§ "Whereas the Honourable Thomas Cochrane Esquire, otherwise the Honourable Sir Thomas Cochrane, Knight, Companion of the most Honourable Order of the Bath, commonly called Lord Cochrane, escaped out of the custody of James Houghton Stevens, the Deputy. Marshal of the Vice Admiralty Court of this Island, from the Prison of the Castellanea during the course of last night. This is to give notice, that whoever, will apprehend or cause to be apprehended the said Lord Cochrane, and deliver him into the custody of the said Deputy Marshal, shall receive a reward of Two Thousand Scudis currency of Malta, and that whoever will give such information as may lead to the apprehension, of any person, or per son, who was or ere aiding and assisting, the said Lord Cochrane, in such his escape, shall receive upon such conviction, if only one person was so aiding and assisting, the sum of One thousand Scudis, or if more persons than one were so aiding and assisting then upon the conviction of each of such persons the sum of Five hundred Scudis, not withstanding that in such latter case the person so giving information shall himself have been aiding and assisting to the said escape.—Witness my hand, this sixth day of March, 1811.—JAS. H. STEVENS, Deputy Marshal.—No. 188 Strada Stretta."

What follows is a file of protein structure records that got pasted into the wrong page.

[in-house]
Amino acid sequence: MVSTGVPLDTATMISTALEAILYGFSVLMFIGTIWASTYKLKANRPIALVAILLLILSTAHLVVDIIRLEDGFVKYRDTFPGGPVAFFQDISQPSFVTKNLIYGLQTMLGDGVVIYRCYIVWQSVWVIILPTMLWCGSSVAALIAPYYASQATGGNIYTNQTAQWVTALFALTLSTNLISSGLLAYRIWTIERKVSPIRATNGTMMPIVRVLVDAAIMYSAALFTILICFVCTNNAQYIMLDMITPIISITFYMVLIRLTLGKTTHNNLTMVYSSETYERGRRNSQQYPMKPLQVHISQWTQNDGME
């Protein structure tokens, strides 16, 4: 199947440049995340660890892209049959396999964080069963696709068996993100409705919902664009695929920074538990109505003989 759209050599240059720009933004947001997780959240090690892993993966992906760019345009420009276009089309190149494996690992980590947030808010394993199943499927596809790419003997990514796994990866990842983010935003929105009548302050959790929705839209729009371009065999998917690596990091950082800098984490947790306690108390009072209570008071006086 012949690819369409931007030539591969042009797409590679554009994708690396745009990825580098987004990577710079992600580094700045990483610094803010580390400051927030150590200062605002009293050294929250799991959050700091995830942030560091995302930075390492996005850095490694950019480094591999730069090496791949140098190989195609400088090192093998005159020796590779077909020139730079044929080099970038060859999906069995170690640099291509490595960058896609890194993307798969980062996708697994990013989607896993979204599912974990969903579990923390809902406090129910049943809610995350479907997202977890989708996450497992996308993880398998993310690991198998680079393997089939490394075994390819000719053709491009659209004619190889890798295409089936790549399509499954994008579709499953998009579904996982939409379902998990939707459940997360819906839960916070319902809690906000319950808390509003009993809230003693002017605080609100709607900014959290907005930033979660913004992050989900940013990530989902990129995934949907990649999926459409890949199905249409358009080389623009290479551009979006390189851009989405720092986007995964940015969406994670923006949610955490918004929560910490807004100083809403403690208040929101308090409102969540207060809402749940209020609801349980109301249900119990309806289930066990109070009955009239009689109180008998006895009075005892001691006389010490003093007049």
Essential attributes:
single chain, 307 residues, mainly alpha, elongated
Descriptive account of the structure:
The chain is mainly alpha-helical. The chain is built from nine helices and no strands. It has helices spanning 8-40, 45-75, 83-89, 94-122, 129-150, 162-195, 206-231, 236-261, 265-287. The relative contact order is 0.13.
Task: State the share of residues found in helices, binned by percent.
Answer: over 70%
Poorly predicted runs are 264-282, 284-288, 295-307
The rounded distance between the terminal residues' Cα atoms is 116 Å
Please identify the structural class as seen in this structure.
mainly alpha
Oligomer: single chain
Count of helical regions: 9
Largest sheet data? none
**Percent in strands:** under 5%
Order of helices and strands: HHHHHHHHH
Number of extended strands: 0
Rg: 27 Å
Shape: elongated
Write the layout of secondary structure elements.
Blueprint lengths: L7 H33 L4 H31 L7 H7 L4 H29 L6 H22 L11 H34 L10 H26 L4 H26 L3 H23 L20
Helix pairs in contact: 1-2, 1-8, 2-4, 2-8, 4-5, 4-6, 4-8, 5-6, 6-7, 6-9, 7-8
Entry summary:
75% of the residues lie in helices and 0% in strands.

§ Now, Sir, although the treatment which I received is altogether foreign to the main point, yet I am desirous to learn from you as Speaker of this House, whether my imprisonment was or was not a breach of the privilege of parliament?
§ The Speaker.